COVID-19 Pandemic Shapes the Future World People Want
The peoples of the world are unanimous – access to basic services such as universal healthcare must become a priority going forward. So too should global solidarity, helping those hardest hit by the COVID-19 pandemic and addressing the climate change emergency.
The resultant report, Shaping Our Future Together showed that people across the world were unified in their concerns, with the current coronavirus pandemic being the foremost in their minds.
“When you ask people about their fears and hopes for the future, when you ask people about their expectations of international cooperation about their priorities in the immediate, post-COVID, there is remarkable unity across generations, regions, income groups, education groups, and from people from different political direction,” Fabrizio Hochschild, Special Adviser to the Secretary-General on the commemoration of UN’s 75th anniversary, said during a virtual press conference on the findings on Friday, Jan. 8.
Yesterday, Jan. 10, UN Secretary-General, António Guterres marked the 75th anniversary of the first UN General Assembly held in London by giving a keynote address. He noted that the COVID-19 pandemic “has had a disproportionate and terrible impact on the poor and dispossessed, older people and children, those with disabilities and minorities of all kinds”.
“It has pushed an estimated 88 million people into poverty and put more than 270 million at risk at acute food insecurity,” Guterres said. The second short-term priority was a call for greater global solidarity and increased support to places hardest hit by the pandemic. Indeed, Guterres said in his speech that the COVID-19 pandemic had highlighted serious gaps in global cooperation and solidarity. “We have seen this most recently in vaccine nationalism, some rich countries compete to buy vaccines for their own people, with no consideration for the world’s poor,” he said.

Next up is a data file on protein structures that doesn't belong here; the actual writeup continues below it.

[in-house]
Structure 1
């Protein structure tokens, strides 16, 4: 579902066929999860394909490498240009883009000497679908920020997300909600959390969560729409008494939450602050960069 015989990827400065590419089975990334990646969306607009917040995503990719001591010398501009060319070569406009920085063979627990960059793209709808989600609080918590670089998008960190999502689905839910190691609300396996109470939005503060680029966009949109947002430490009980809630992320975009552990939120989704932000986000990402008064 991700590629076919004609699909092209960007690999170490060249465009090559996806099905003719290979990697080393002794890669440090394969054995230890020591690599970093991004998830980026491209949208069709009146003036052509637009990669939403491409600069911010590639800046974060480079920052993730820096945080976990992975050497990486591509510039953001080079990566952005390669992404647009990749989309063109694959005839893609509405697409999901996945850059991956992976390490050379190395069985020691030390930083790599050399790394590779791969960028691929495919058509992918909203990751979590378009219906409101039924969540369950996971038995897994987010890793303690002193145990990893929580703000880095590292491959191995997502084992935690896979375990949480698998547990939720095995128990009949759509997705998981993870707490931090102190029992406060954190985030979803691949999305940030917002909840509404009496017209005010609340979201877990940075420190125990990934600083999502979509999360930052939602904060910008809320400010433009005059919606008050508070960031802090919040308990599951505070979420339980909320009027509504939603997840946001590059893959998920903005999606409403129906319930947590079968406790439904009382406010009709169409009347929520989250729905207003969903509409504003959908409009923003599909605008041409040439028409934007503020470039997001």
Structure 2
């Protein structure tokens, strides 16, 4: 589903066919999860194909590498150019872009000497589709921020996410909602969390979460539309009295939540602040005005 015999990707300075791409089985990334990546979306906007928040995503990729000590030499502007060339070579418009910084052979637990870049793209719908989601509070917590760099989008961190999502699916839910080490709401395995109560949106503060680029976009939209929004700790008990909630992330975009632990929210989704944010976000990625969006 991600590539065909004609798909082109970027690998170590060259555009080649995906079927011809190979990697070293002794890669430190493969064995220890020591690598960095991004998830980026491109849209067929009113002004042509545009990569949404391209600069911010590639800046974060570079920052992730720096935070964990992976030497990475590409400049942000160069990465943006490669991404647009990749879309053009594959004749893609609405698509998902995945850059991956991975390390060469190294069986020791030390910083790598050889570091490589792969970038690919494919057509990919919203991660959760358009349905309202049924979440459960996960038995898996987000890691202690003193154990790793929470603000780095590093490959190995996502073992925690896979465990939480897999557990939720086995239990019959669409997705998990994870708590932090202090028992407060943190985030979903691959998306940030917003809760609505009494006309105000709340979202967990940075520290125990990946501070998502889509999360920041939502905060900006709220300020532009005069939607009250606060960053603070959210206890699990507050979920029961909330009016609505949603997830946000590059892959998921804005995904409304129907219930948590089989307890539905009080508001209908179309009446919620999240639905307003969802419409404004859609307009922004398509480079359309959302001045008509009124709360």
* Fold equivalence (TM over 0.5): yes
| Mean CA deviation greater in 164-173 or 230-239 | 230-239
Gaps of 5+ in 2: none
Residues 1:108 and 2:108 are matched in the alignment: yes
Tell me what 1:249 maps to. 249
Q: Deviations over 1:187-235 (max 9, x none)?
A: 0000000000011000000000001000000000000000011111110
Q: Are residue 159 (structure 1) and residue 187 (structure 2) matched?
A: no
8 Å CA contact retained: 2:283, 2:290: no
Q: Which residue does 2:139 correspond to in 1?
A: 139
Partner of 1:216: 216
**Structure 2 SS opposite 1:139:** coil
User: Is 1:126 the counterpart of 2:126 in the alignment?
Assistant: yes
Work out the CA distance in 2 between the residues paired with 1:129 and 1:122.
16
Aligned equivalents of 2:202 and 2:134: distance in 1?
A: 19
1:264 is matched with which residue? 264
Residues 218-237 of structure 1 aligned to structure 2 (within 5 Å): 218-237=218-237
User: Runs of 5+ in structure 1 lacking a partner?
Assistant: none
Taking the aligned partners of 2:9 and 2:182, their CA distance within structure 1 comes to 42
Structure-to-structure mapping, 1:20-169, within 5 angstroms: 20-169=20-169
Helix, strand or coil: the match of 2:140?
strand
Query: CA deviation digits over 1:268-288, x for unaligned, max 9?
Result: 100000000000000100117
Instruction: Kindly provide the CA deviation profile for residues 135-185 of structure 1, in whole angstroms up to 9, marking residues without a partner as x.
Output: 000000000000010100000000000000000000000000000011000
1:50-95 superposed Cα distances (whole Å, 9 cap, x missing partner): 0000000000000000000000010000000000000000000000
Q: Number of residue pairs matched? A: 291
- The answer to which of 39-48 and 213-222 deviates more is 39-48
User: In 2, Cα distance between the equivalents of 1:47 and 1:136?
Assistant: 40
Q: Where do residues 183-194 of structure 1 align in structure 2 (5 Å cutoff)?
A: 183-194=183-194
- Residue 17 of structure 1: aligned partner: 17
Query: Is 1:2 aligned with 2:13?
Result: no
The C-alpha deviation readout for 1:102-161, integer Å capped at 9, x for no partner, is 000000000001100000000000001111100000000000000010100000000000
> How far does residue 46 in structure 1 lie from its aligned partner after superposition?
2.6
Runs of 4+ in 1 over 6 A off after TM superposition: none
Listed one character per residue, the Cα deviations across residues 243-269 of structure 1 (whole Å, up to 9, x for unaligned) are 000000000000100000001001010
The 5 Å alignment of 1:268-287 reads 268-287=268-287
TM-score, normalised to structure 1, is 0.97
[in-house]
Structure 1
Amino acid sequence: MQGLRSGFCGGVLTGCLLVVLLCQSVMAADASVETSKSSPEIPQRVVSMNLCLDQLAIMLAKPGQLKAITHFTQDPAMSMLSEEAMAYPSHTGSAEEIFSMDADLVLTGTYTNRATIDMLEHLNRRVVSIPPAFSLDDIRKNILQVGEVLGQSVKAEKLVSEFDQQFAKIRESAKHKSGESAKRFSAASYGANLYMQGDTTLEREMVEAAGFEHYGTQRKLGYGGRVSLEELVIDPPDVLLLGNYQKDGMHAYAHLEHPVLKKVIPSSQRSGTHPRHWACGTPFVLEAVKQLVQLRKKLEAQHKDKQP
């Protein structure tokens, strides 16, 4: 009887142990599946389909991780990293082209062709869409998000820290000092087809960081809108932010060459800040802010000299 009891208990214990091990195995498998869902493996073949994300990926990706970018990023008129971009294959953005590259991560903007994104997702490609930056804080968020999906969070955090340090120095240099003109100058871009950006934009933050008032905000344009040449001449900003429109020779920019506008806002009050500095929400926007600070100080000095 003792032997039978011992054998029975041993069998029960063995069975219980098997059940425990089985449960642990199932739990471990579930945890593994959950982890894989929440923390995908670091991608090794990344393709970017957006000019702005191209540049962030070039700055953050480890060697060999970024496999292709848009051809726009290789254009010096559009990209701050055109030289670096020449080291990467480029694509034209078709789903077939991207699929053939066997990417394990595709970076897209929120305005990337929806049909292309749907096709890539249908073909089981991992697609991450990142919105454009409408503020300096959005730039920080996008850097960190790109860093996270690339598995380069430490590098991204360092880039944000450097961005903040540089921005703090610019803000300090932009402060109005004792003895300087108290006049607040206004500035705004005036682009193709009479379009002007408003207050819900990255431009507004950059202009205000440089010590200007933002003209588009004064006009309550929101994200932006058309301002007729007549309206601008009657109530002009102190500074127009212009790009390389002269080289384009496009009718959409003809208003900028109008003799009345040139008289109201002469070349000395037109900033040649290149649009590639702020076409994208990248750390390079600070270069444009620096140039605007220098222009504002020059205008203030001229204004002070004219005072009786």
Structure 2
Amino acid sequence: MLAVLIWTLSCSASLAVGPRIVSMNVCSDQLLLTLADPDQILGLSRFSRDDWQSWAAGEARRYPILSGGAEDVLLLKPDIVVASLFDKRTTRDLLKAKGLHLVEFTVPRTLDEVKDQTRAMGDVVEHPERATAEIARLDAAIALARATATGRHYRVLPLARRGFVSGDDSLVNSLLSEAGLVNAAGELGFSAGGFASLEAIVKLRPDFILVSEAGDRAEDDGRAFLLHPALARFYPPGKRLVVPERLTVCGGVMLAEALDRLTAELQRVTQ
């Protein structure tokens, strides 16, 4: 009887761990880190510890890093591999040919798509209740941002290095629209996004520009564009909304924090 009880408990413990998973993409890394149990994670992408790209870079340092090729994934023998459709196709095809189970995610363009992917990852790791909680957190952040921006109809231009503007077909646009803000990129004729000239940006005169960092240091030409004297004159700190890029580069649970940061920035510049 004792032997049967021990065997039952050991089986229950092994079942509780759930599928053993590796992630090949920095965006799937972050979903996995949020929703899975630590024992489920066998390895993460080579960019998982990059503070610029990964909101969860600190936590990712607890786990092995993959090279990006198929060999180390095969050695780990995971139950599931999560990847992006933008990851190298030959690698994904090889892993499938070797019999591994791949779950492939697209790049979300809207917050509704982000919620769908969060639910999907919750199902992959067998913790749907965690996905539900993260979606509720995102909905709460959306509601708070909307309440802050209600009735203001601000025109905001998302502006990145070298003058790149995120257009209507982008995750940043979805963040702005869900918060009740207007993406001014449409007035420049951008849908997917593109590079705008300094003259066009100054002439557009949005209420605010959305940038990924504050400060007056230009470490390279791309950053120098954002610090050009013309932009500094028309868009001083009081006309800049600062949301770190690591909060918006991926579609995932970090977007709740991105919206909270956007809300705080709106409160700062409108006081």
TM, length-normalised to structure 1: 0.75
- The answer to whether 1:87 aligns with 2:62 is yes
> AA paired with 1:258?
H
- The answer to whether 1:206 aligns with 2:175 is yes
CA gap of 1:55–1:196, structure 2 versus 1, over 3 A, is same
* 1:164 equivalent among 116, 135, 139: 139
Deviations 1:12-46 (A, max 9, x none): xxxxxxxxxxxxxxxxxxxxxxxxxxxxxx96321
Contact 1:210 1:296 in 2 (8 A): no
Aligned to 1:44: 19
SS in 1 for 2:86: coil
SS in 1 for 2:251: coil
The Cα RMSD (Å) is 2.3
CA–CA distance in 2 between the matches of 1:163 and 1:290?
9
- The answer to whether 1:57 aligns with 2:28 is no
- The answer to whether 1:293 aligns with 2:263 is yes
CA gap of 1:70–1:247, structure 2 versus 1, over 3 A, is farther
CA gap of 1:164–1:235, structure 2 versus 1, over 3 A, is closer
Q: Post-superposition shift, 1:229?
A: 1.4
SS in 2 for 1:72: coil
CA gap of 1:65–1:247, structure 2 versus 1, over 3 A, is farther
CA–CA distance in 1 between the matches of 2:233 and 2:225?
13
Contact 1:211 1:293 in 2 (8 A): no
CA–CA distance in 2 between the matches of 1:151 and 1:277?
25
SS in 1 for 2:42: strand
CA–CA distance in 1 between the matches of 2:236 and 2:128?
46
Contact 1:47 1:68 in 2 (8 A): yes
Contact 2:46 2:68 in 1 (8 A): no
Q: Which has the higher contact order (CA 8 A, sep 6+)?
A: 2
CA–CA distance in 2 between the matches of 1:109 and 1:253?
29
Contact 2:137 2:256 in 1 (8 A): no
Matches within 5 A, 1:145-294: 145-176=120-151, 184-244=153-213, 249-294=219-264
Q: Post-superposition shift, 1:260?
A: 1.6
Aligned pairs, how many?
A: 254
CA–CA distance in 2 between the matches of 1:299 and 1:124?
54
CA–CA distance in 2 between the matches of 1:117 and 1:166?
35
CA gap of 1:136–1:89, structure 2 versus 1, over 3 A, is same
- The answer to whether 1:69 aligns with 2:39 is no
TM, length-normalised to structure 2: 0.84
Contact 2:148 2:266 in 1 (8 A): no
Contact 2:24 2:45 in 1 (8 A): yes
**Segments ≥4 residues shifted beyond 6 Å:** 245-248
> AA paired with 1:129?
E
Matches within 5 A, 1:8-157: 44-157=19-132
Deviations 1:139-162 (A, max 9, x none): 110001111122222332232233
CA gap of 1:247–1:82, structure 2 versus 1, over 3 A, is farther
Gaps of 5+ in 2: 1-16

But he went on to thank the government and people of the UK for supporting the COVAX facility, established by the World Health Organisation (WHO). COVAX is the global initiative to ensure rapid and equitable access to COVID-19 vaccines for all countries, regardless of income level. In December, COVAX announced that it had arrangements in place to access two billion doses of COVID-19 vaccine candidates on behalf of 190 participating nations. At the time, WHO said in a statement that this would ensure deliveries of the vaccine in the first quarter of 2021 to participating countries.
Guterres said the pandemic has highlighted the “deep fragilities in our world” and in order to tackle them we need to reduce inequality and injustice and to strengthen the bonds of mutual support and trust. He also said that the world needed “a networked multilateralism, so that global and regional organisations communicate and work together towards common goals”.
“And we need an inclusive multilateralism, based on the equal representation of women, and taking in young people, civil society, business and technology, cities and regions, science and academia,” he said.
People around the world also called for safe water and sanitation, and education.
Rethinking the global economy and making it more inclusive to tackle inequalities was another concern. Meanwhile addressing climate change and destruction to the environment also remained top long-concerns for respondents.
“Respondents in all regions identified climate change and environmental issues as the number one long-term global challenge,” the report noted. Guterres was pragmatic, admitting that while the UN was proud of its achievements over the last 75 years, including helping to boost global health, literacy, living standards and promoting human rights and gender equality, it was also aware of its failures. The biggest one being the inability to adequately address climate change.
“The climate emergency is already upon us and the global response has been utterly inadequate,” he stated.
“The past decade was the hottest in human history, carbon dioxide levels are at record highs, apocalyptic fires and floods, cyclones and hurricanes are becoming the new normal,” he stated.
“If we don’t change course,” Guterres warned, “we might be headed for a catastrophic temperature rise or more than 3 degrees this century.”
“Biodiversity is collapsing, one million species are at risk of extinction, and whole ecosystems are disappearing before our eyes.
“This is a war on nature and a war with no winners,” Guterres said.
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